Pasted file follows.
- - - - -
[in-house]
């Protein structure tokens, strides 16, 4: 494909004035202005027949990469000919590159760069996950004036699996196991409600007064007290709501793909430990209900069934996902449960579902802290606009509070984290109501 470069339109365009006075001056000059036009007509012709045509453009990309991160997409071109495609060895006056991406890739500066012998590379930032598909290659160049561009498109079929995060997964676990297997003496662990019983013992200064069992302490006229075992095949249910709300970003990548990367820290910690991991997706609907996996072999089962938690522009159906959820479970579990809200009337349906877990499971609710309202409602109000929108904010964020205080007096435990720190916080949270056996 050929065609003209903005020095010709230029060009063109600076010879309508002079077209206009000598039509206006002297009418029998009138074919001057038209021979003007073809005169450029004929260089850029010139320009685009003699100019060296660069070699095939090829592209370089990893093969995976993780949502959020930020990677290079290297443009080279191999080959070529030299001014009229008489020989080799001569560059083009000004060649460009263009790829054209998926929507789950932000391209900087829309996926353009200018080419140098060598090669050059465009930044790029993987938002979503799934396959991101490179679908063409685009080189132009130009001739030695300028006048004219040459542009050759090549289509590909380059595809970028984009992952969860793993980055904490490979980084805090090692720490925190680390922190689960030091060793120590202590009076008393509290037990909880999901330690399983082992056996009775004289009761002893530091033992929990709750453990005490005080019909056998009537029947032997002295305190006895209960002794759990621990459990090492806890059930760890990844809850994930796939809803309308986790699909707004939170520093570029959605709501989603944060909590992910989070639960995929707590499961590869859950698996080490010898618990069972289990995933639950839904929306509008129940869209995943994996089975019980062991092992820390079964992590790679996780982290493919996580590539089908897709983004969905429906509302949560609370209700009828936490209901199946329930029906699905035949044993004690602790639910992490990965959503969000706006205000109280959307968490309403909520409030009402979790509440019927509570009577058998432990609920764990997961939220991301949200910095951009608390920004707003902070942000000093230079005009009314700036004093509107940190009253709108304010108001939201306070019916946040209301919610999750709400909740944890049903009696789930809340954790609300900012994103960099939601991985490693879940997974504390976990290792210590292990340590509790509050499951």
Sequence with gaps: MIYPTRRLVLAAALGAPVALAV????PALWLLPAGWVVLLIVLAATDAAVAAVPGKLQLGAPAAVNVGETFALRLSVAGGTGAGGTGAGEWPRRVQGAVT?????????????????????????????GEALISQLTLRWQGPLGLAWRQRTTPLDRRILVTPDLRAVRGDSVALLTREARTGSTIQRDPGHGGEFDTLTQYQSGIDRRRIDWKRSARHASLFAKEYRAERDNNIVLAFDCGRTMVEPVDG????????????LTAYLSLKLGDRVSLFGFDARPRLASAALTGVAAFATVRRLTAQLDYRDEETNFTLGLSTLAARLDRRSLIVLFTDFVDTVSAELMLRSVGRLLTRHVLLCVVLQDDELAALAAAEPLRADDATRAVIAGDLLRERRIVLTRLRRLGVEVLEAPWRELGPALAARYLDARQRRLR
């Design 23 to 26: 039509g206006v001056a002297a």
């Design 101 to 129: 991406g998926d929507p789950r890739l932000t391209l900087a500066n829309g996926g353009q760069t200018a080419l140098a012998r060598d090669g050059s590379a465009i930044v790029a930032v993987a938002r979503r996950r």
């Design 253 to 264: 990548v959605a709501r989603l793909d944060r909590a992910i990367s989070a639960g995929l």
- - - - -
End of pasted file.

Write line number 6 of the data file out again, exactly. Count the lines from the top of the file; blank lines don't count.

């Design 253 to 264: 990548v959605a709501r989603l793909d944060r909590a992910i990367s989070a639960g995929l």